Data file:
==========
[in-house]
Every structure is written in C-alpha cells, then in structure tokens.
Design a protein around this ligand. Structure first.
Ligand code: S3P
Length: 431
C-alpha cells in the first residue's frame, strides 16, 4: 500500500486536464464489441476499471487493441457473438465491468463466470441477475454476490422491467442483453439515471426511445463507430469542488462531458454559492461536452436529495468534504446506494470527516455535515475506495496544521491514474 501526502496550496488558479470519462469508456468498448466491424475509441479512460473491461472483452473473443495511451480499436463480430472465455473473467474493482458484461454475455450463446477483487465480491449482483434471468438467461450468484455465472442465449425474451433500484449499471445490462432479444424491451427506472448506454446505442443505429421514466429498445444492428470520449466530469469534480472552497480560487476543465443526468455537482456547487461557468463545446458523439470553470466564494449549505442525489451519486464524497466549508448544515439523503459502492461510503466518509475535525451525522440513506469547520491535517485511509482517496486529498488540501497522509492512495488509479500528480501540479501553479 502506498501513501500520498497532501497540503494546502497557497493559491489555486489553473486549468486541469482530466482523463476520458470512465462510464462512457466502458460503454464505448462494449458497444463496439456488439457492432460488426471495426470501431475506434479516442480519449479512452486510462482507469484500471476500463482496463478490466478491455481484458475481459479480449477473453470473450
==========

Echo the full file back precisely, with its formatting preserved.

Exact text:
[in-house]
Every structure is written in C-alpha cells, then in structure tokens.
Design a protein around this ligand. Structure first.
Ligand code: S3P
Length: 431
C-alpha cells in the first residue's frame, strides 16, 4: 500500500486536464464489441476499471487493441457473438465491468463466470441477475454476490422491467442483453439515471426511445463507430469542488462531458454559492461536452436529495468534504446506494470527516455535515475506495496544521491514474 501526502496550496488558479470519462469508456468498448466491424475509441479512460473491461472483452473473443495511451480499436463480430472465455473473467474493482458484461454475455450463446477483487465480491449482483434471468438467461450468484455465472442465449425474451433500484449499471445490462432479444424491451427506472448506454446505442443505429421514466429498445444492428470520449466530469469534480472552497480560487476543465443526468455537482456547487461557468463545446458523439470553470466564494449549505442525489451519486464524497466549508448544515439523503459502492461510503466518509475535525451525522440513506469547520491535517485511509482517496486529498488540501497522509492512495488509479500528480501540479501553479 502506498501513501500520498497532501497540503494546502497557497493559491489555486489553473486549468486541469482530466482523463476520458470512465462510464462512457466502458460503454464505448462494449458497444463496439456488439457492432460488426471495426470501431475506434479516442480519449479512452486510462482507469484500471476500463482496463478490466478491455481484458475481459479480449477473453470473450